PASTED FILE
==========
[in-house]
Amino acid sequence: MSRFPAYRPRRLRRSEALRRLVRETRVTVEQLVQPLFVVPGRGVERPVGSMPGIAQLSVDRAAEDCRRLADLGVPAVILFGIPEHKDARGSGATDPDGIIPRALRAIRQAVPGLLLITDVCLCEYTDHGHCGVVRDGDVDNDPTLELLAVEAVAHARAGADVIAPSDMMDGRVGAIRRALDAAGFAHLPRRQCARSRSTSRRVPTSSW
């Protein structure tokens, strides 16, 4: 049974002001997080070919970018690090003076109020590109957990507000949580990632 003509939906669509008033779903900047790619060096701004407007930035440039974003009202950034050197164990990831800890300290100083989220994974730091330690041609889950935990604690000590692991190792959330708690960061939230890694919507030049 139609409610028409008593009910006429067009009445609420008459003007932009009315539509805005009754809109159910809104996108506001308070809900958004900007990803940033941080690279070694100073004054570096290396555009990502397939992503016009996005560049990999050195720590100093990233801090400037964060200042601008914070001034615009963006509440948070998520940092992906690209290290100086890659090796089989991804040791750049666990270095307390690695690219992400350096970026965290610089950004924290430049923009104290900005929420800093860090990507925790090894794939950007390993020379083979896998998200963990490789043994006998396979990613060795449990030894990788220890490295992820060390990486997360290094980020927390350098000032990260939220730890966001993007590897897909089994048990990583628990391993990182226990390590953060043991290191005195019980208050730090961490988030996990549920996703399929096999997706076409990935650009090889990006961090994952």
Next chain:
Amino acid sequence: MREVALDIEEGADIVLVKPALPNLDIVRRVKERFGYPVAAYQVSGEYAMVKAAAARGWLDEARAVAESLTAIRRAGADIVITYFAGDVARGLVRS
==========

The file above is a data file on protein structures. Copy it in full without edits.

[in-house]
Amino acid sequence: MSRFPAYRPRRLRRSEALRRLVRETRVTVEQLVQPLFVVPGRGVERPVGSMPGIAQLSVDRAAEDCRRLADLGVPAVILFGIPEHKDARGSGATDPDGIIPRALRAIRQAVPGLLLITDVCLCEYTDHGHCGVVRDGDVDNDPTLELLAVEAVAHARAGADVIAPSDMMDGRVGAIRRALDAAGFAHLPRRQCARSRSTSRRVPTSSW
């Protein structure tokens, strides 16, 4: 049974002001997080070919970018690090003076109020590109957990507000949580990632 003509939906669509008033779903900047790619060096701004407007930035440039974003009202950034050197164990990831800890300290100083989220994974730091330690041609889950935990604690000590692991190792959330708690960061939230890694919507030049 139609409610028409008593009910006429067009009445609420008459003007932009009315539509805005009754809109159910809104996108506001308070809900958004900007990803940033941080690279070694100073004054570096290396555009990502397939992503016009996005560049990999050195720590100093990233801090400037964060200042601008914070001034615009963006509440948070998520940092992906690209290290100086890659090796089989991804040791750049666990270095307390690695690219992400350096970026965290610089950004924290430049923009104290900005929420800093860090990507925790090894794939950007390993020379083979896998998200963990490789043994006998396979990613060795449990030894990788220890490295992820060390990486997360290094980020927390350098000032990260939220730890966001993007590897897909089994048990990583628990391993990182226990390590953060043991290191005195019980208050730090961490988030996990549920996703399929096999997706076409990935650009090889990006961090994952």
Next chain:
Amino acid sequence: MREVALDIEEGADIVLVKPALPNLDIVRRVKERFGYPVAAYQVSGEYAMVKAAAARGWLDEARAVAESLTAIRRAGADIVITYFAGDVARGLVRS